Three soldiers killed in the past 10 years claimed Overton County as their home, and the county of just over 22,000 people has found ways to remember their sacrifices. The National Guard armory in Livingston is named after Army National Guardsman Sgt. Robert Wesley Tucker, killed in 2005 in Iraq, and a section of Highway 111 is named after two Marines, Lance Cpl. Jeremiah Savage and Cpl. Brad McCormick, who died in separate incidents in 2004 in Iraq.

Mourning together

In many towns across Tennessee, a military funeral becomes a day for the entire community to grieve and come together in support of the family.

Cheatham County Mayor David McCullough said local police and sheriff’s deputies escorted the procession and flags were hung from firetrucks along the road for the funeral of Army Sgt. Gary Reese, of Ashland City, who was killed in 2005 in Iraq.

“We had a procession from Ashland City all the way to Kingston Springs,” he said. “That’s probably 20 miles.”

After Marine Cpl. Kristopher Greer, also of Ashland City, died in 2010 in Afghanistan, part of a major thoroughfare was named for him as a way to show how the former firefighter connected the county and its 39,105 residents, said McCullough.

“We dedicated that road to him because he was involved in the Ashland City fire department as well as the Pegram fire department and we felt like it was a bridge,” he said. “It was symbolic as a bridge connecting our communities.”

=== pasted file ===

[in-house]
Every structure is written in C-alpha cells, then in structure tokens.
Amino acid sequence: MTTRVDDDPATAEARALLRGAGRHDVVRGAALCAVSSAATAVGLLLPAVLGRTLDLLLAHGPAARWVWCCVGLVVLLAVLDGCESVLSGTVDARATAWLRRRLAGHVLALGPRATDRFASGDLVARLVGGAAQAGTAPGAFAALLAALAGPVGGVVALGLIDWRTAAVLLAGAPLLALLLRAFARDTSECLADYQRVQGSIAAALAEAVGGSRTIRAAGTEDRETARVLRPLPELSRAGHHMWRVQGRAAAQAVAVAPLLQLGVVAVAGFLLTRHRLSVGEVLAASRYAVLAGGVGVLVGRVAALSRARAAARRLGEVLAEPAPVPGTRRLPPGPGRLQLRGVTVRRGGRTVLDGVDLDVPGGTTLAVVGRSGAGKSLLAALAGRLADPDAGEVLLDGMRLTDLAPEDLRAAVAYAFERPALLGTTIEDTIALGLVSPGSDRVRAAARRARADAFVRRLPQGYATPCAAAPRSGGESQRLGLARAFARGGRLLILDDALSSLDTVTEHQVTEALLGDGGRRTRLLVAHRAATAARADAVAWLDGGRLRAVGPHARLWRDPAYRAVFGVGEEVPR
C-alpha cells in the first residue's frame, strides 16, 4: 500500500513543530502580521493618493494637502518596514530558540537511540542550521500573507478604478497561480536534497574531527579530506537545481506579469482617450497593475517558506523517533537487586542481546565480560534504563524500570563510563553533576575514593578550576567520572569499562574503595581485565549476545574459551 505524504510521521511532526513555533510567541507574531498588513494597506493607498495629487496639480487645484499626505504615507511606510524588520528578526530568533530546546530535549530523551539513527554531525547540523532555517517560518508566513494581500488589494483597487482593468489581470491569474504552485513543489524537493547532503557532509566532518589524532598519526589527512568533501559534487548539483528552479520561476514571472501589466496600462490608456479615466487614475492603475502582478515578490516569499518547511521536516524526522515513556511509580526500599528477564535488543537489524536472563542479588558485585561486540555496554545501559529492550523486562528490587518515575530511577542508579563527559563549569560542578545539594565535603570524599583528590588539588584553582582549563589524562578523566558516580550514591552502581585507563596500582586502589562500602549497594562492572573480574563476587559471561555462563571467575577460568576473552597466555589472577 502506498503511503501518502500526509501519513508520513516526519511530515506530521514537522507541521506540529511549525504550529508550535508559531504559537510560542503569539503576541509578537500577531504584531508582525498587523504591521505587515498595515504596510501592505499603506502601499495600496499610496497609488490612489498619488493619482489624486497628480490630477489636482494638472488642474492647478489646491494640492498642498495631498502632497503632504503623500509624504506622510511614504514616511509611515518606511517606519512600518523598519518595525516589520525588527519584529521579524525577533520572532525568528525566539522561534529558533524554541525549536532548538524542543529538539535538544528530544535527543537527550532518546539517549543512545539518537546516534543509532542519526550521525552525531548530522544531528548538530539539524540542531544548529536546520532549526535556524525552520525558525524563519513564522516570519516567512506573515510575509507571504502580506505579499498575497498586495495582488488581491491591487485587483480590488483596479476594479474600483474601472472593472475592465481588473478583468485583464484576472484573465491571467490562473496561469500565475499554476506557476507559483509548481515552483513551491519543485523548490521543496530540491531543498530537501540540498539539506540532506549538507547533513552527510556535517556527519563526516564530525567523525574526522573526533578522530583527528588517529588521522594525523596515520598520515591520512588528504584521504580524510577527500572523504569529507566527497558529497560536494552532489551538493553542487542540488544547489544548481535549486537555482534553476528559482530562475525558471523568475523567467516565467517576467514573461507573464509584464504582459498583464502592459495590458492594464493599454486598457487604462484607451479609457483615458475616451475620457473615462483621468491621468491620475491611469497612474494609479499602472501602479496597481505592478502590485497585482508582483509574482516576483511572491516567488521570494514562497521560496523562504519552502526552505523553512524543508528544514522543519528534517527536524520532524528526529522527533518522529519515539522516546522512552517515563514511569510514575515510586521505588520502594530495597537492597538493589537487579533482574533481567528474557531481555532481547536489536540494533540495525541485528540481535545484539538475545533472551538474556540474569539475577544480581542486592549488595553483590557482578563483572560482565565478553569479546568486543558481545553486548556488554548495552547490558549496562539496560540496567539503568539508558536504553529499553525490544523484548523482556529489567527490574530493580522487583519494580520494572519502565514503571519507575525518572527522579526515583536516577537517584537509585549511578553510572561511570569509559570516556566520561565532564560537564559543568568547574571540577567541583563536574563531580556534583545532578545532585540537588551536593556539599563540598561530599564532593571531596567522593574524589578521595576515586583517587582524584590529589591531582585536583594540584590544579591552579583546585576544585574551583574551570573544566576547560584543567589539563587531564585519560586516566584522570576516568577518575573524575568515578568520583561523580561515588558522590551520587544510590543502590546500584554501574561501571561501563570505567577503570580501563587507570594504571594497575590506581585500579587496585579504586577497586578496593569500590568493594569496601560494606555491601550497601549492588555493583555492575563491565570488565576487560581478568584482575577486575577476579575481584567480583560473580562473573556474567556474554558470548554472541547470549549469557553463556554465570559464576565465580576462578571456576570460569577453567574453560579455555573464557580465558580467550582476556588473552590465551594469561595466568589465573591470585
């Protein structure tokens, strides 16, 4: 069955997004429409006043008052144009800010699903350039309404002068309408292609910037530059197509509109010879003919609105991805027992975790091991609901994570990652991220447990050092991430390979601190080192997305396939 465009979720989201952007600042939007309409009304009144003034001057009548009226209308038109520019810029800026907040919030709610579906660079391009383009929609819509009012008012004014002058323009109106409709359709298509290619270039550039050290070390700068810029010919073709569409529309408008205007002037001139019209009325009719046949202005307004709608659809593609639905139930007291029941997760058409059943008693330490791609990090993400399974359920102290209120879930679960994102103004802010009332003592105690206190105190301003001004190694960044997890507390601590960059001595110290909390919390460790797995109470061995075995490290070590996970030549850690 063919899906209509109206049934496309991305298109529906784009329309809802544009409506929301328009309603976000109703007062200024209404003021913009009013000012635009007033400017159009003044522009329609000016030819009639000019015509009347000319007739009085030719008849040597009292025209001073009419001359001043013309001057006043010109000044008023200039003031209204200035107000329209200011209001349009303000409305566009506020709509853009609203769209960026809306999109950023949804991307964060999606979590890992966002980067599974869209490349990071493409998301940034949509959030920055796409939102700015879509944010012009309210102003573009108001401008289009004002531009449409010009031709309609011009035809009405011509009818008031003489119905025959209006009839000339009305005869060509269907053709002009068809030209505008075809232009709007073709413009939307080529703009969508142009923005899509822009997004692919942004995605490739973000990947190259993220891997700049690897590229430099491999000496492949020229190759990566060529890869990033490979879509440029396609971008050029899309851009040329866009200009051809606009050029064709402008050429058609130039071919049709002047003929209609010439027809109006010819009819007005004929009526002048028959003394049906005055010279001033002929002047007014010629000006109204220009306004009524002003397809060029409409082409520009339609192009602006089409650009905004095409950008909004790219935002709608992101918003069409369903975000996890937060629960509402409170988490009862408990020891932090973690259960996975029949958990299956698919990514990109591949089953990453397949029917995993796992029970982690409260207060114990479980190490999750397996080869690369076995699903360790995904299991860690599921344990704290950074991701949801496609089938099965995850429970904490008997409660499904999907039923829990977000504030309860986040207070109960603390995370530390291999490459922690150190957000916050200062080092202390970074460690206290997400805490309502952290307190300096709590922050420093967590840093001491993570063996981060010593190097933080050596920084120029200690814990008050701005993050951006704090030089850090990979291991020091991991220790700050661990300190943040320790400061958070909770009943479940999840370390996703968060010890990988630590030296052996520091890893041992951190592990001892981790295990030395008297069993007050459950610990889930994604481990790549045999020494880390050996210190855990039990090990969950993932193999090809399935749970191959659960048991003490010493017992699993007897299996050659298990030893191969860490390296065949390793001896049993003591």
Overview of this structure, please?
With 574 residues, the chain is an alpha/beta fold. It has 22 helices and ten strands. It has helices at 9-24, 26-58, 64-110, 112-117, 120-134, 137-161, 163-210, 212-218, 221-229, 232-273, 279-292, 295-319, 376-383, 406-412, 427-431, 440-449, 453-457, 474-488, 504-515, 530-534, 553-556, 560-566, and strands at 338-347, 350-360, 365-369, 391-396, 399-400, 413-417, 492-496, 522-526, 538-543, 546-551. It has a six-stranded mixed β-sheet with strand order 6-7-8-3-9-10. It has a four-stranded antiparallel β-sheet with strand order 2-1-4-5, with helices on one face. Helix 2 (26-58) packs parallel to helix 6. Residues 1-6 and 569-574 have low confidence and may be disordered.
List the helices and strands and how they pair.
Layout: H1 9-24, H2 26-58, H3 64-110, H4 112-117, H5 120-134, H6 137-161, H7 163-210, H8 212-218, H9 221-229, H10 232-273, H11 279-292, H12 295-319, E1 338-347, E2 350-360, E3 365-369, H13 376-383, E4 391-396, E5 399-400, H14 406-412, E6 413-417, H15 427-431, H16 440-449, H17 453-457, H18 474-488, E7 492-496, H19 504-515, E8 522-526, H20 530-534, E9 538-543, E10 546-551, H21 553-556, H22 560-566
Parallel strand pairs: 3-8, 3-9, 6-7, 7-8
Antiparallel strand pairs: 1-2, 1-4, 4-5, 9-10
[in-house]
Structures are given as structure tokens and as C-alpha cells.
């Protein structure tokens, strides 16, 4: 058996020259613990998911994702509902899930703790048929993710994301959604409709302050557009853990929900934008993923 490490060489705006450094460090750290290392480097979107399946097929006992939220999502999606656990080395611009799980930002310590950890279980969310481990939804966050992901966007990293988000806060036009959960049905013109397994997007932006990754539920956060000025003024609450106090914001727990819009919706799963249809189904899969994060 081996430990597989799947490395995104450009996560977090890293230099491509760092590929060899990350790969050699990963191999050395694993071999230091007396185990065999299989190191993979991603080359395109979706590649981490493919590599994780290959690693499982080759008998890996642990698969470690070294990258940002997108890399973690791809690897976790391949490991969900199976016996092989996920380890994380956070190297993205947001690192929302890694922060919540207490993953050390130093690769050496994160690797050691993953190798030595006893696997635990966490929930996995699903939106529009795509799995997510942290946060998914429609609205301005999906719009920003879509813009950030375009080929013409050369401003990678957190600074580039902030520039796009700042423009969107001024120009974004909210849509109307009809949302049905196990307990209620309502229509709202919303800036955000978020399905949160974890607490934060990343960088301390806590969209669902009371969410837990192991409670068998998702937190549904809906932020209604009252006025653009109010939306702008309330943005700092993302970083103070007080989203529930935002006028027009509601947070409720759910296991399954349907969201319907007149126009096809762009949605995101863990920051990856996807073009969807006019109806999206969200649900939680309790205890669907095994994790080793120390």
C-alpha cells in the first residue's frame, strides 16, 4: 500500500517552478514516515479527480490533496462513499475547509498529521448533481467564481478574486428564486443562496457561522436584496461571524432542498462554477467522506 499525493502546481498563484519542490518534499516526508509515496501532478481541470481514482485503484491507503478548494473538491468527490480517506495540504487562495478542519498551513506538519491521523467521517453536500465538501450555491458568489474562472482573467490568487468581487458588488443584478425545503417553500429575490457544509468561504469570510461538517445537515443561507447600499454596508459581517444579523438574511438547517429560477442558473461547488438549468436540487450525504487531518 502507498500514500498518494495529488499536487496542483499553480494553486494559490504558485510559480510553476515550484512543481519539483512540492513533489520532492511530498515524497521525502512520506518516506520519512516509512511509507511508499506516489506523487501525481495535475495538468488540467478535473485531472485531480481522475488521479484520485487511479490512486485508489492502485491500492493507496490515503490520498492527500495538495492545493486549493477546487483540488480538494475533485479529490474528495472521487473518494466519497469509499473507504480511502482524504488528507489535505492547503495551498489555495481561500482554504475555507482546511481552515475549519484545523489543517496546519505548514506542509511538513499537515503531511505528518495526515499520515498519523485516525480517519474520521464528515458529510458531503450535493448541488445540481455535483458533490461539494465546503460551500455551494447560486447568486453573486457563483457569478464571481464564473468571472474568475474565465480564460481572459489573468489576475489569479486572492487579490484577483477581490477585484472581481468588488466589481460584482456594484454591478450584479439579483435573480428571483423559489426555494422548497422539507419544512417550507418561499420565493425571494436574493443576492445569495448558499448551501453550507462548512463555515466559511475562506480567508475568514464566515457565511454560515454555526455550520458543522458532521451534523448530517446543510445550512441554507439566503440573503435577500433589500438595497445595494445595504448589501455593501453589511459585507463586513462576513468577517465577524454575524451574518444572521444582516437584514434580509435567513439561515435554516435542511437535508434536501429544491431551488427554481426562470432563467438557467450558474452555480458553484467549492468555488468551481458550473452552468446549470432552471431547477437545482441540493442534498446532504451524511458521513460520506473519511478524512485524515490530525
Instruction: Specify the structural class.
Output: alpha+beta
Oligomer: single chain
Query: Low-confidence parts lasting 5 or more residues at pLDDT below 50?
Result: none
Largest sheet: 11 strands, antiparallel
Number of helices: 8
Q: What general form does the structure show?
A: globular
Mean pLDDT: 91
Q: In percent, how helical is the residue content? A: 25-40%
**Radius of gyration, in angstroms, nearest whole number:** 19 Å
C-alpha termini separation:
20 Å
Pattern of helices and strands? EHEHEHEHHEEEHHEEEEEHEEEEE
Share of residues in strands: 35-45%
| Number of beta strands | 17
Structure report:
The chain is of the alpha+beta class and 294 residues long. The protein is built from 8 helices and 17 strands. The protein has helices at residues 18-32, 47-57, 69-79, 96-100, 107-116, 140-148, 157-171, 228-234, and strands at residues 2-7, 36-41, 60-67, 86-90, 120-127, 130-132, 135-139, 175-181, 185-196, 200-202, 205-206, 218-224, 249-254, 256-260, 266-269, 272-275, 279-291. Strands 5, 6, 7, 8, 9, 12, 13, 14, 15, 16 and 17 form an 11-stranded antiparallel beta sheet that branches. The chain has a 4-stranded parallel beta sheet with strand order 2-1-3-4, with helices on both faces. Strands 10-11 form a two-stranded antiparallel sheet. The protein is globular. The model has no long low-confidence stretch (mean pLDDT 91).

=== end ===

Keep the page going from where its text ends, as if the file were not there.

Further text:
Many-Bears Grinder, the state’s veterans affairs commissioner, said even though many people don’t have firsthand knowledge of the sacrifice of those in uniform, there is a great effort to acknowledge and understand.

Grinder’s daughter-in-law Army Chief Warrant Officer 2 Billie Jean Grinder was killed in Iraq in 2010. As the family brought her body back to Tennessee, they were met by supporters at the airport, and the streets of Gallatin, population 30,278, were lined with people waving flags along the funeral procession, she recalled.

“It’s the outpouring of acknowledgement and generosity of complete strangers that has been very heart-warming throughout all of this,” Grinder said.

Former Franklin Mayor Tom Miller lost his son-in-law, Army Master Sgt. James “Tre” Ponder III, 36, in a helicopter crash in Afghanistan in 2005.

“Even though you don’t know those people and they don’t know you, it’s an honor,” Miller said of the support his family received after Ponder’s death.

Miller said his advice to parents of a soldier getting ready to deploy is the same as what he has heard from many families who have lost a soldier in combat.

“In the worst-case situation, he or she will fall doing what they wanted to do: serving their country,” he said. “That seems to be a comfort.”

More recently the same communities have been giving similar support to those soldiers who have been returning from war with combat injuries. In Cheatham County, the community helped build a new home for Tennessee National Guard Sgt. Kevin Downs who lost his legs and was badly burned in a Humvee explosion in Iraq in 2005.

And just before Christmas, hundreds came out to welcome home Pfc. Joshua Poteet in his hometown of Pegram. He was wounded in Afghanistan, McCullough said.

“Our community has surrounded these vets, not only with love and prayer, but with tangible things,” he said.

With more than 500,000 veterans living in Tennessee, continued support for people returning from Iraq and Afghanistan will be essential to ensuring success after war, said Grinder.

Over the Christmas holiday, she got a phone call from a local businessman who wanted to know what he could do to help all the soldiers coming home from Iraq.

“The strong support of the community needs to continue,” Grinder said. “It doesn’t need to end once they are back on U.S. soil.”